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Trademark Basics

Steps for a Trademark

Virtually every business could benefit  from a trademark! According to a 2013 report by the USPTO, trademarks cover a broader set of participants in the economy  [than patents] because almost every firm, regardless of size, market, or business strategy, has goodwill to protect. (The USPTO Trademark Case Files Dataset: Descriptions, Lessons, and Insights, January 2013). Studies have shown that brand-association trademarks available to firms increases their financial performance.


Trademarks are any word, term, name, symbol, or device, or any combination thereof  that are used in commerce as brand names, tag lines, slogans, non-functional and distinctive packaging and labeling designs, etc. to indicate the source of a product or service. Only non-functional elements are protected by law as trademark rights. Functional aspects of a product or service are covered under patent law with a limited term of protection whereas trademarks are not limited in term (except by nonuse).

The long potential length of a trademark life is evidenced by the oldest registered trademark for a “SAMSON” logo that was issued in 1884 (U.S. Reg. No. 0011210 for CORDS, LINES, AND ROPE.)

Stronger distinctive trademarks (see below green and to the left) are easier to enforce and to sell to investors. Marks that are merely descriptive can possibly become distinctive enough to register on the Principal Register by acquiring distinctiveness (green arrow shift to the left).

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Textile
Imported
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Soft fabric upper

Stronger distinctive trademarks (see below green and to the left) are easier to enforce and to sell to investors. Marks that are merely descriptive can possibly become distinctive enough to register on the Principal Register by acquiring distinctiveness (green arrow shift to the left).
























Common Law Trademarks

Trademark Rights originate as common law trademark rights by use in commerce as a trademark. Common Law Trademark rights are a collection of rights that originate when an inherently distinctive trademark  that distinguishes one product from another is used to identify the source of a good or service in commerce. (Trademarks that are not inherently distinctive, such as those that are merely descriptive, might acquire a secondary meaning after a period of time if a number of other factors are present, see more below.)

Common law trademark rights (where defined by case law) exist in local geographic areas without registration and may be able to successfully usurp a registered mark in the same geographical area if the alleged common law trademark owner can show prior use (or senior use) of the mark. The Lanham Act provides that a registered mark, even if it has become incontestable, still may be challenged "to the extent, if any, to which the use of a mark registered on the principal register infringes a valid right acquired under the law of any State or Territory by use of a mark or trade name continuing from a date prior to the date of registration under this chapter of such registered mark." 15 U.S.C. 1065 as quoted in Advance Stores Co. Inc. v. Refinishing Spec. Inc., 188 F.3d at 411 (6th Cir., 1999). A challenge to a registered mark by an unregistered mark could be in a USPTO opposition or cancellation or in a state or federal court. See trademarkoppositionprocess.com for more information on oppositions and cancellations.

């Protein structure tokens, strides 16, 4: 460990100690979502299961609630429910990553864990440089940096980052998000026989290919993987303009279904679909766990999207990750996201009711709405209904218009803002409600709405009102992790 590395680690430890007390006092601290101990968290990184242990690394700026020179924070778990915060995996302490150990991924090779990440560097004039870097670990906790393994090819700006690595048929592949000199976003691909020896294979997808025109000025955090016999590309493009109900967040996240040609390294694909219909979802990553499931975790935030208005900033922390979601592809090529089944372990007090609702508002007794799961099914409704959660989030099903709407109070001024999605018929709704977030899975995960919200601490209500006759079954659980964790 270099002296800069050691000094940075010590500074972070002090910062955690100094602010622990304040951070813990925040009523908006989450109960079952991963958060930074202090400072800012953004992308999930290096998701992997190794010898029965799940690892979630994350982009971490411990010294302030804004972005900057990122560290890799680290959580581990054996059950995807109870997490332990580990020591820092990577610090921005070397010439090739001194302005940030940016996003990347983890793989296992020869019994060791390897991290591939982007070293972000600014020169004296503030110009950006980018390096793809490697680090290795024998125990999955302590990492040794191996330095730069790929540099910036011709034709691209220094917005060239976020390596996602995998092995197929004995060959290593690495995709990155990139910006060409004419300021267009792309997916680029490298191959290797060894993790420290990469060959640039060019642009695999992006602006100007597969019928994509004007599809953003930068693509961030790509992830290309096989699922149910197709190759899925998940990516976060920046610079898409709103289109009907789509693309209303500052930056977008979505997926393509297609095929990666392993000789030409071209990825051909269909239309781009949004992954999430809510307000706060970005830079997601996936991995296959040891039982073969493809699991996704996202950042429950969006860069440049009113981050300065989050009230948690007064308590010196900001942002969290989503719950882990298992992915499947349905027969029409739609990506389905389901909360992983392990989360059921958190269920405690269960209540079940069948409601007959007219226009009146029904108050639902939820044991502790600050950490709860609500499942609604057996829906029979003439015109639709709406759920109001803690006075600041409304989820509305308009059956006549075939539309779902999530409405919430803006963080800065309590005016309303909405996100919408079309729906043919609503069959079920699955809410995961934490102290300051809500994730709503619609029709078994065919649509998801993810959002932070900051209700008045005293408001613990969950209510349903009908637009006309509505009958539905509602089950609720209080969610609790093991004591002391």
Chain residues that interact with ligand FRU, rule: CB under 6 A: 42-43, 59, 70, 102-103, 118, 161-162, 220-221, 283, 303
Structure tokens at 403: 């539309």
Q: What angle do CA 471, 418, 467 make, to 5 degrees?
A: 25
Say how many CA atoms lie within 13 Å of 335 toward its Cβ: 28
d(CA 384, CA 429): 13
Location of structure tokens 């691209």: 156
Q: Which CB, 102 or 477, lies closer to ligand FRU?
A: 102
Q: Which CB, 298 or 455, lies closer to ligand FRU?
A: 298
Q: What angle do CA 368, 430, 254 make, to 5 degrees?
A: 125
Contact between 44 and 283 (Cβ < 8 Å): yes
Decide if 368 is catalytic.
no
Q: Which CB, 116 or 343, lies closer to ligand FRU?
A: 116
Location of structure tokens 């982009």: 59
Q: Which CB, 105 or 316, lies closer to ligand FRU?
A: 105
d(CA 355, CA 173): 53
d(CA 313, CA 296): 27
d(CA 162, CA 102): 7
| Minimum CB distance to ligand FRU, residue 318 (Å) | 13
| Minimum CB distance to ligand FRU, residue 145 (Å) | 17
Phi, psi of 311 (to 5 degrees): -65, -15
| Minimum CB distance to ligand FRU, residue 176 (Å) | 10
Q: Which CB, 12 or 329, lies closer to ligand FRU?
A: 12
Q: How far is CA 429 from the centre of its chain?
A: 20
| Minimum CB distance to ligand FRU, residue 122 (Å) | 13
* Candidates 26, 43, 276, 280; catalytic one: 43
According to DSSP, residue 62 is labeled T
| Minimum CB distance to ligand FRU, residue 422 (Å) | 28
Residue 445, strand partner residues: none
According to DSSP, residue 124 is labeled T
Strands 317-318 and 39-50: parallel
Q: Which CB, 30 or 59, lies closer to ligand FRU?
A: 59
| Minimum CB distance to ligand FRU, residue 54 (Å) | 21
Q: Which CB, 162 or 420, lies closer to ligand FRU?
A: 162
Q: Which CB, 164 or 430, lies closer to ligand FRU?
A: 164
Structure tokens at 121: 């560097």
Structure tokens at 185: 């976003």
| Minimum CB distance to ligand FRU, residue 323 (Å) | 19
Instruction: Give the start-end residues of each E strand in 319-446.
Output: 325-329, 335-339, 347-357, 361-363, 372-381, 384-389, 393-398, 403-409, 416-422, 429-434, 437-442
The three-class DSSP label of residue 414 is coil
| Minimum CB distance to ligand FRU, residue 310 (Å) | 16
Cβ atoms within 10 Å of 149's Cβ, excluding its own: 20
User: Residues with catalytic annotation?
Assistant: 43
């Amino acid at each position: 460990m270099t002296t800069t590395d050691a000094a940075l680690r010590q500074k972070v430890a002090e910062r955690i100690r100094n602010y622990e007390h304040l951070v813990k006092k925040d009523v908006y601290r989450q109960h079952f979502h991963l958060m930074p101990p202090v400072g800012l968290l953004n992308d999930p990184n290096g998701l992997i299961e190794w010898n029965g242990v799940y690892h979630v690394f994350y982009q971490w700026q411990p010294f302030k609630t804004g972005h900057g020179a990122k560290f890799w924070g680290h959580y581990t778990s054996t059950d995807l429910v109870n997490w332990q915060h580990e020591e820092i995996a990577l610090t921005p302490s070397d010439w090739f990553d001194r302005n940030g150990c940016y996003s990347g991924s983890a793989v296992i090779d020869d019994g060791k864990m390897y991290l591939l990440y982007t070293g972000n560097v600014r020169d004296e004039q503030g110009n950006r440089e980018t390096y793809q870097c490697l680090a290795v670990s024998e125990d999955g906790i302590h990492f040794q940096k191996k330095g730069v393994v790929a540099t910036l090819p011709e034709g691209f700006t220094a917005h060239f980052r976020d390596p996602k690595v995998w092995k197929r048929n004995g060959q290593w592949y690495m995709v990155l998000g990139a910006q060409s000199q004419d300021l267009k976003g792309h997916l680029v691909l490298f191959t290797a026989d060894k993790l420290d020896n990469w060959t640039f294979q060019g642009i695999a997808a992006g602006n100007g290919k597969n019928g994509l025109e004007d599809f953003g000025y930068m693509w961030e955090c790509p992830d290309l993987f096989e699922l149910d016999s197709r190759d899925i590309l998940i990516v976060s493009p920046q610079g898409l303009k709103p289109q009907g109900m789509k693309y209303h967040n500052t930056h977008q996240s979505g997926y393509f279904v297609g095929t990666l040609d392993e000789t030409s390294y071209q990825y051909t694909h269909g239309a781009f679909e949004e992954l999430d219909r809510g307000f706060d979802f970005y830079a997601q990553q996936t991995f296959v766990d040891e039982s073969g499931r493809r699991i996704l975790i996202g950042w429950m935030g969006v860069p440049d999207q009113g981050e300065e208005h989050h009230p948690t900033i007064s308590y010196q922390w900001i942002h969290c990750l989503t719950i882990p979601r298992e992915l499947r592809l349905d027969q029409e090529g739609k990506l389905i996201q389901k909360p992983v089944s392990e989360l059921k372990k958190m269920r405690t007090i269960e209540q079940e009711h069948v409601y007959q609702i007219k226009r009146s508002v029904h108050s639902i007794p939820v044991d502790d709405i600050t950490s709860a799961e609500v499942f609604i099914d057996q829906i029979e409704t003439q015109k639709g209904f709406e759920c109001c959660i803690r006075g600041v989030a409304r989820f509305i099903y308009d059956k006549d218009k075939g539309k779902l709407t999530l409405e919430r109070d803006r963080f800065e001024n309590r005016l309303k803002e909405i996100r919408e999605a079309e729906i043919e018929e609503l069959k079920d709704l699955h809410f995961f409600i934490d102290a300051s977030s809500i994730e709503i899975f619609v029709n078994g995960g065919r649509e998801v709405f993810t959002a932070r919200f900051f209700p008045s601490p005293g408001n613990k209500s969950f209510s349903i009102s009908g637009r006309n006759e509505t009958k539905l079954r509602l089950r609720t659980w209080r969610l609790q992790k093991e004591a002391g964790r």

Common law trademarks do not, however, enjoy the advantages of federal registration (see chart) which include being protected more thoroughly from infringement and counterfeiting trademarks. Marks that do not qualify for federal registration may not qualify for common law protection for the same reasons since the federal laws are based on the same or similar common law principles. Likewise, having a federal registration does not protect a business from being challenged by a common law trademark-USPTO trademark examiners do not examine potential trademarks for potential infringement by state or common law marks. The USPTO only looks at other USPTO federal registrations for potentially conflicting marks.























Unregistered Trademarks

Unregistered trademarks are protected by law under more than just common law (case law) because various state statutes and federal statutes have adopted (codified) the concepts and terminology that were developed in case law. One applicable federal law for unregistered trademarks is 15 USC § 1125(a) of the Lanham Act: False designations of origin, false descriptions, and dilution forbidden (a) Civil action: